Are there any pedagogical/tutorial articles presenting the historical development of modern real analysis?
Context and some information on my background.
I am currently self-studying Understanding Analysis by Stephen Abbott (2015), with a view to moving to Principles of Mathematical Analysis by Walter Rudin (1976) at some point. This is my first exposure to a more rigorous, abstract, and at times beautiful, style of mathematics; most of my previous exposure to mathematics has been skewed towards applied/computational areas. Hence the type of article I am looking for is at the 1st year undergraduate level.
Primarily, I am soliciting recommendation on tutorial articles which contextualise mathematical developments of standard topics in analysis within a historical perspective, as a supplement to some of the epilogues in Abbott.
I have previously read articles aimed at mathematically literate, but not necessarily deeply technically proficient audiences whereby the author introduces the topic in layman's terms, then some mathematical formalism, then summarises some crowning achievements of the field. All of this is interwoven with a historical narrative of how these tools developed through attempts to resolve seminal problems/paradoxes, together with broader debates in mathematics at the time.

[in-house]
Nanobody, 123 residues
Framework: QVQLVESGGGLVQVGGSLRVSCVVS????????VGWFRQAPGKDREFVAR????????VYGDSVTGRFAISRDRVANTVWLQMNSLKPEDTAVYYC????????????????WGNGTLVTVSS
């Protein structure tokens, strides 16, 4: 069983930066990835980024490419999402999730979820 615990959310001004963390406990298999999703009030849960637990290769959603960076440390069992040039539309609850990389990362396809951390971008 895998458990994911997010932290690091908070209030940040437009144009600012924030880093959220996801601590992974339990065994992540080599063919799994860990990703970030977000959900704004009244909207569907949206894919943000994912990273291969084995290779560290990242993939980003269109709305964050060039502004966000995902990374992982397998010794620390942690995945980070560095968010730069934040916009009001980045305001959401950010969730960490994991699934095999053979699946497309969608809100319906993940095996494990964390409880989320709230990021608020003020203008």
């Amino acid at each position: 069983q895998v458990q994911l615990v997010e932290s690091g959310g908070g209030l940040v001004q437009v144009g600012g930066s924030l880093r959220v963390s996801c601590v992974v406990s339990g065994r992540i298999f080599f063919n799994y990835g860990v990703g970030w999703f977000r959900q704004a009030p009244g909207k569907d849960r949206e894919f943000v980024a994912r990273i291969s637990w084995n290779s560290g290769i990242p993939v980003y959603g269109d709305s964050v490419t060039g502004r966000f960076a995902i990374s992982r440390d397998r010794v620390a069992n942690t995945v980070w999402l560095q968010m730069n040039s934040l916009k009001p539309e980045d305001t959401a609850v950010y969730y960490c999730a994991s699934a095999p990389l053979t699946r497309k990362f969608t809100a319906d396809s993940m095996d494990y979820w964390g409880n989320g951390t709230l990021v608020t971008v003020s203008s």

As an example, in probability and statistics, I really enjoyed Part II: A tutorial on probability, measure and the laws of large numbers (page 56 onwards) of the following article by Richard Mauldin in a special edition of Los Alamos Science dedicated to the mathematician Stanislaw Ulam:
I've had experience with both formal education and self-study in economics, machine learning and statistics. Generally I've found that in the case of formal education, time constraints generally mean that the courses are taught with a view to getting students up to speed quickly on a battery of techniques/proofs/computational skills. In the case of mathematical monographs, I've often found that historical developments are often treated as "literature reviews" at the end of a chapter. This is not a deficiency as the constraint of fluent mathematical flow often does not allow for interwoven comments on historical developments. What can be lost however, is valuable historical context.
As a final example, when I studied time-series techniques as part of formal economics training using Time-Series Analysis by Hamilton, and during self-study using Introductory Time Series Analysis by Brockwell and Davis, ergodicity and ensembles of time series are presented without much discussion. It was only when I skimmed some of the communications engineering roots of time series e.g. the work of Norbert Wiener, did it become apparent that modern persentations have decontextualised these methods from their original statistical mechanics overtones (it seems that Norbert Wiener discussed time series in relation to Birkhoff's ergodic theorem).
Any suggestions from the community here would be greatly appreciated.